3. Participate.

This is one place where you can really see returns on the time your spend on LinkedIn. So make the most of it.

What is the best way to participate in groups, and what conversations would you like to start? Use the 80/20 rule of promoting yourself on social media. This rule says that you should spend 80% of your time online providing value, sharing information, and engaging your audience. The other 20% can be spent talking about what you have to offer.

Exactly how does this relate to group participation? When you see an article that you think would be relevant to the group, share it with an engaging question or invitation to comment. Also, everyone appreciates likes, shares and comments, so add your voice to the equation. When a question pops up, add your expertise and like others’ posts when you agree. Contribute to group discussions, and initate conversations of your own. That way, you are engaging with your industry, contributing to existing content and generating new ideas. The more you do this, the more people will begin to see you as a thought leader and valuable member of your community, which is a crucial step in personal branding and building your career network.

4. Look for additional connections.

LinkedIn groups can be a great way to engage with third-degree connections. If you are interested in or curious about something someone said in a someone said in a thread, check out her profile to learn more about her. If you would like to be connected or learn more, send a personalized invitation mentioning the particular discussions or comments that caught your eye and that you’d like to stay in touch on LinkedIn. People love compliments and knowing that others value what they have to say, so chances are, reaching out will be a valuable step in your professional networking.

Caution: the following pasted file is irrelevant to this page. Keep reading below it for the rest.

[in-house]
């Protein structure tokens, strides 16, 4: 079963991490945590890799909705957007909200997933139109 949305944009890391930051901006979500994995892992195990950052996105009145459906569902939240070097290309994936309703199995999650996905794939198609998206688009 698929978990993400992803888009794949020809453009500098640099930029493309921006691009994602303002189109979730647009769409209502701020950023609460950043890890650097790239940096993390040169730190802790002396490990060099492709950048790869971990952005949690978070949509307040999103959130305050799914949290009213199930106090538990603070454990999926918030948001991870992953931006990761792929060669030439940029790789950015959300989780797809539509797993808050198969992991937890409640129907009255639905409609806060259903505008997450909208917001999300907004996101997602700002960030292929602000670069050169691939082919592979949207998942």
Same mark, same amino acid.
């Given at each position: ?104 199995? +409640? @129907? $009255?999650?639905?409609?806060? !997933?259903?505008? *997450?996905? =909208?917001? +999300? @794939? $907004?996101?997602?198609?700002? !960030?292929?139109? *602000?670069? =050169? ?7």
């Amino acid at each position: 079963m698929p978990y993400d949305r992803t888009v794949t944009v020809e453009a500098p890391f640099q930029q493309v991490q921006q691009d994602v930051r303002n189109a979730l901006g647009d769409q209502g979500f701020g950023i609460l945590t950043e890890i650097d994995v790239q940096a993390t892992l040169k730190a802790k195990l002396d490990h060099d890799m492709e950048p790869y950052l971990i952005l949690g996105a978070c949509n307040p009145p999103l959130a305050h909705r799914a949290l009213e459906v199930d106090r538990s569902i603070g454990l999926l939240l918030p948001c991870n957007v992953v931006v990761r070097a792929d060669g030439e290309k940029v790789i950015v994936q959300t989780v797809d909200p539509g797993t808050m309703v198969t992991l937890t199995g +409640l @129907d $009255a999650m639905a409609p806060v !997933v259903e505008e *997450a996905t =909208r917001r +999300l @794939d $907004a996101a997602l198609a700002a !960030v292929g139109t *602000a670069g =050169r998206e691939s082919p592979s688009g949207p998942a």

If your goal is to increase your views, connections or probability of getting noticed and becoming a respected thought leader in your field, then LinkedIn groups can a great resource—whether you're in the midst of job search, self-marketing, hoping to bolster your personal branding, or just trying to meet like-minded people.

Be sure that your interactions with others are personalized, consistent, and add value. As with most networking efforts, this approach will take time; you may not see results after reaching out or contributing a post one time, so take care to build your reputation and relationships to see that your efforts pay off.

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Alyson Garrido is passionate about helping women advance their careers and find jobs they will enjoy. As a career coach, she partners with her clients to identify their strengths and create a path toward a more fulfilling career. Alyson provides support around preparing for interviews, performance reviews, and salary negotiations, ensuring that you present yourself in the best possible light for job search and career advancement. Learn more or book a session with Alyson by visiting www.alysongarrido.com.